Interior Water signed 'Storrier' lower right acrylic on canvas 122.0 x 198.5cm (48 1/16 x 78 1/8in). signed and titled on stretcher bar verso
PROVENANCE The estate of the late Mr George Oden Jennings, New South Wales
Throughout history, the interior desert country has been an irresistible magnet for artists accompanying surveyors and explorers on their great expeditions. In Australia, these often- futile voyages of discovery embarked upon with unbridled fervor and optimism and led by blind ambition, invariably ended in tragedy and ruin. In the case of Ludwig Leichhardt who ventured out from Darling Downs to make a great arc across the continent to the West Australian coastline, all that was left was a random series of trees marked with an "L", a brass nameplate (now in the National Museum of Australia) and a rifle butt. Sometimes, if the expeditions were successful, great mythologies sprang up and surveyors such as Major Mitchell and Sir John Forrest became heroes. This mental and physical voyage into the interior, and what is left behind after the toil, has become the constant thread throughout the work of Australia's modern day painter traveller, Tim Storrier. His iconography often includes the detritus of an abandoned camp or the remains of a deserted structure in the middle of nowhere. Indeed he has made a career painting the paraphernalia of expeditions such as a saddle, its rider long gone and the horse absent.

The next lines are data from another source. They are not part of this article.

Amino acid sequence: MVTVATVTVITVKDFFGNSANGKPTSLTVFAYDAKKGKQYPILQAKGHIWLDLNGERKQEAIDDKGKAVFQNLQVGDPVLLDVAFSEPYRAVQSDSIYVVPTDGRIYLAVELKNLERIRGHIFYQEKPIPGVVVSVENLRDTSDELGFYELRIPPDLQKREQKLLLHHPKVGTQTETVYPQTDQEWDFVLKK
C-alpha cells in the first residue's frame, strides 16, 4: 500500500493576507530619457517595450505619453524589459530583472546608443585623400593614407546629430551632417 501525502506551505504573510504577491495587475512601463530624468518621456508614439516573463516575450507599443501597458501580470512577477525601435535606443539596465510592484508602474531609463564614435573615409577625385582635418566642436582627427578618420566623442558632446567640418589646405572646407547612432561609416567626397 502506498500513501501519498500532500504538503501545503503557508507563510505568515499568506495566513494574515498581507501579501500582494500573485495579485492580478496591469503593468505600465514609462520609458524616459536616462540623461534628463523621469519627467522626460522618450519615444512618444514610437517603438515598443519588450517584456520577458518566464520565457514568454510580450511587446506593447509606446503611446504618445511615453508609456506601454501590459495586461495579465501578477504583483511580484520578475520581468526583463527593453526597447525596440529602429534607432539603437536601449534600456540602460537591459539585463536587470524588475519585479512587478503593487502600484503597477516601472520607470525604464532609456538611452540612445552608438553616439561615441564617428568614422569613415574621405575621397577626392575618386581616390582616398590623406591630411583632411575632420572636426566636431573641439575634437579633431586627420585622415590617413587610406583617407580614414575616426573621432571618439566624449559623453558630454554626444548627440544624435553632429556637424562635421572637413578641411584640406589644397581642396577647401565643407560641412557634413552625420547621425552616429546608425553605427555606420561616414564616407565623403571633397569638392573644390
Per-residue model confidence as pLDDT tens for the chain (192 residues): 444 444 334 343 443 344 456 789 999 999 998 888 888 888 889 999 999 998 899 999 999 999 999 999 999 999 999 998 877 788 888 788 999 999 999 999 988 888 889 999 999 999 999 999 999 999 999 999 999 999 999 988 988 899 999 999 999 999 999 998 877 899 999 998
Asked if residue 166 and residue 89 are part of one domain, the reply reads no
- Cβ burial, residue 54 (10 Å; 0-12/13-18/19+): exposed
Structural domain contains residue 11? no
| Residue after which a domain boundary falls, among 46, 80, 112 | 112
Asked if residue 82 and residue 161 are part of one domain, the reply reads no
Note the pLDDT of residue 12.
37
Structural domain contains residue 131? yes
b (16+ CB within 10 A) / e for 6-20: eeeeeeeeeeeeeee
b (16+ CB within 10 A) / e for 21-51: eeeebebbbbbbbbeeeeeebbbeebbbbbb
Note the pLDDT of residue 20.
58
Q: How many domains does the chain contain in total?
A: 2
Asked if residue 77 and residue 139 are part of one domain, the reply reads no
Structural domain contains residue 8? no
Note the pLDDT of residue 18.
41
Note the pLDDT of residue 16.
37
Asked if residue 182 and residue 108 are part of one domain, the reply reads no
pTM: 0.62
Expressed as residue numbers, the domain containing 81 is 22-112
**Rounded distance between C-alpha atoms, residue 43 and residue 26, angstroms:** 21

From his first Sulman Prize-winning entry in 1968, Suzy 350, which depicted a motorcycle crash on the periphery of civilization, Storrier was irrevocably interested in that place where humanity has tackled landscape and has been overcome by nature's dominance. Internal Water is part of an ongoing investigation for Storrier into man's pathological need to build structures and edifices within an often inhospitable and unlikely territory. The enduring image of an empty brick rhomboid-shaped structure in the sand emerged in his work during the early 1970s and found significant expression after his first tour to the Arizona desert and the Middle East in 1972. Each journey lead to a group of works imbued with a nagging sense that man's longing for permanence in a landscape, which nature erodes and at times destroys, was inevitable but futile. In 1984 Storrier returned to the Sinai Desert resulting in his landmark show at the Art Gallery of New South Wales, Ticket to Egypt, which included some of his most philosophical landscapes. The material about transience, memory, history, humanity and the transformative qualities of fire gleaned on this trip laid down the groundwork for a remarkable body of work that followed. Internal Water is in some ways the counterpoint to his much-lauded Burning of the Gifts series where everything was sent on fire. The empty void in the cracked desert landscape overseen by the twilight sky is a metaphor for many things. Taken literally it is a well in the desert providing water and life, purification and respite from an uncompromising land. Metaphorically, Internal Water alludes to notions of the abyss, endlessness, human psyche and ultimately the subconscious of dreams and memories. As Storrier reflected in 1994, "I work from memory. Whether I'm painting a bottle or a sunset, it has more to do with mood, memory and the distillation of time than with realism."